With the closure of Wimbledon greyhound stadium in March 2017, London now has no greyhound tracks. UK-wide, gross win from betting on greyhound racing has fallen by 30% since 2008/2009 and now stands at GB£ 226 million. But this is not just a UK issue. In gambling markets around the world greyhound racing and associated betting is facing a fight for survival. 

In the United States there are fewer than 20 operational racetracks. 12 of these tracks are located in Florida, for the simple reason that a greyhound racing permit is required if an operator wishes to run casino gambling. In 2017 a bill that sought to remove this regulatory link failed. The failure of the bill probably saved several loss-making greyhound tracks in the Sunshine State.

Florida’s handle on greyhound racing was almost US$ 700 million in 1998/99. By 2014/15 handle had declined to just under US$ 250 million, a drop of 64%.

Greyhound racing in Australia is still a sizeable betting market with more than AUS$ 3 billion in betting turnover. But investigations into animal welfare issues in 2015 resulted in New South Wales (NSW) and Australian Capital Territory (ACT) banning greyhound racing.  The NSW’s ban was due to apply from 1 July 2017 but was reversed at the end of 2016. Instead racing will continue at fewer tracks, with fewer races and a breeding cap. It is possible that ACT might also reconsider its outright ban. It is clear, however, that governments are not in favour of supporting greyhound racing in their states.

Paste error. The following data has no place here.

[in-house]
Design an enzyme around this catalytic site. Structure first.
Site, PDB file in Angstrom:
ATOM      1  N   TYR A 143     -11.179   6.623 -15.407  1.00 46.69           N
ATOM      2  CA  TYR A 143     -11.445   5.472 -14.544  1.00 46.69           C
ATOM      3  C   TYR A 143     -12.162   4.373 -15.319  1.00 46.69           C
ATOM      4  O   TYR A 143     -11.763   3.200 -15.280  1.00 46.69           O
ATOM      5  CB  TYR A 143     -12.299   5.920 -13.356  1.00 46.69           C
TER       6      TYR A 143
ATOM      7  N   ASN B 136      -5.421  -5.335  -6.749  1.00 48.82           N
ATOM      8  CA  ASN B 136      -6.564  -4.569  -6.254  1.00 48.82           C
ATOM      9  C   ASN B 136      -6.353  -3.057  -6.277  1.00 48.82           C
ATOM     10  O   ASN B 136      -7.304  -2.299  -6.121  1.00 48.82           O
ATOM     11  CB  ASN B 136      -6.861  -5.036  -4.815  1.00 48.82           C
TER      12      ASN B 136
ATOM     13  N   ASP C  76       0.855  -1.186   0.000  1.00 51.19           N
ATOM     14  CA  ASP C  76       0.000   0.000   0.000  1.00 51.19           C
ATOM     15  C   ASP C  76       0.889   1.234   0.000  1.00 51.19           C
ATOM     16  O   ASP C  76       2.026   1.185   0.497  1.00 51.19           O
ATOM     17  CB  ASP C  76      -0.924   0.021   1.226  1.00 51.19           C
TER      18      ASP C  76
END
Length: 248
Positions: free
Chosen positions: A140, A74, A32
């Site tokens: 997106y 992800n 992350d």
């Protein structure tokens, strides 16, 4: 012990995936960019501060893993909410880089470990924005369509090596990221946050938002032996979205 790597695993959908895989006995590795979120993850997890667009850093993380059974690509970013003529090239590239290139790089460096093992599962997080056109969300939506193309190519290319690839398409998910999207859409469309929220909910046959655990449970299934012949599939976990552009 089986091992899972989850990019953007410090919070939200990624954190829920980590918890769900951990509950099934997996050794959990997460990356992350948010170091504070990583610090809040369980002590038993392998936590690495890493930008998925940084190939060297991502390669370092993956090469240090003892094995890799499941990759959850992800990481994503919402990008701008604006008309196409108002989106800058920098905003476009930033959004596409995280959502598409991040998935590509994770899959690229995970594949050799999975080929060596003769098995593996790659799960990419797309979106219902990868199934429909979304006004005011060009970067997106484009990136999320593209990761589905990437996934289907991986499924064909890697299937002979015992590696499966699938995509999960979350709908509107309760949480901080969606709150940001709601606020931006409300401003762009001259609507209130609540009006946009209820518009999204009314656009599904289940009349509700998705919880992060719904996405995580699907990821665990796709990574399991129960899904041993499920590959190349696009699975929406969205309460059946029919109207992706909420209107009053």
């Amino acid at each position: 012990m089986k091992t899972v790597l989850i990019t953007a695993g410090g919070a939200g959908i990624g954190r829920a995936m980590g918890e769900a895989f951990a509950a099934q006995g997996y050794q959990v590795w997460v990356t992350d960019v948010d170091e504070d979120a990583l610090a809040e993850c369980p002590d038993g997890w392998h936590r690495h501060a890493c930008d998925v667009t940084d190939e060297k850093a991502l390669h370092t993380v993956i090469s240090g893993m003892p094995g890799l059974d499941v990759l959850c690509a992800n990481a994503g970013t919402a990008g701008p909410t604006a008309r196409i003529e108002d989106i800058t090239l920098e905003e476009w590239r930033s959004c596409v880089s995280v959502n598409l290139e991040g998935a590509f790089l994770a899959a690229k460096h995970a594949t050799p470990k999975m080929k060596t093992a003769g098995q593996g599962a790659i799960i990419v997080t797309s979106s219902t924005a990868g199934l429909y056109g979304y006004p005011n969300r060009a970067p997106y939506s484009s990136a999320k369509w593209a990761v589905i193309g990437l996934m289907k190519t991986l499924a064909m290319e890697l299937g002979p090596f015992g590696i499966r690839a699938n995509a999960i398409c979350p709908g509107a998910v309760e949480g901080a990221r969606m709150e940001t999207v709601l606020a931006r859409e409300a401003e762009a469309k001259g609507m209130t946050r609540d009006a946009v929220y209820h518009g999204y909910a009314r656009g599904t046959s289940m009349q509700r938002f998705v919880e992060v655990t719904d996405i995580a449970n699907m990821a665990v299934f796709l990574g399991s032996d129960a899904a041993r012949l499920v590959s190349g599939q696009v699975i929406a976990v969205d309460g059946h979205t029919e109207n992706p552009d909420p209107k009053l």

Even in the gambling crucible of Macau, betting on greyhound racing is in steep decline. Although always a small part of the market where casinos dominate, betting on greyhounds in Macau had a respectable turnover of MOP 985 million in 2012 (approx. US$ 125 million). In 2016 that betting turnover had fallen to just MOP 335 million (US$41 million).

With ever more gambling products competing for gamblers’ attention, it is difficult to forecast a recovery in greyhound racing’s fortunes. The next generation of punters is more likely to be watching drones zooming round a track rather than dogs.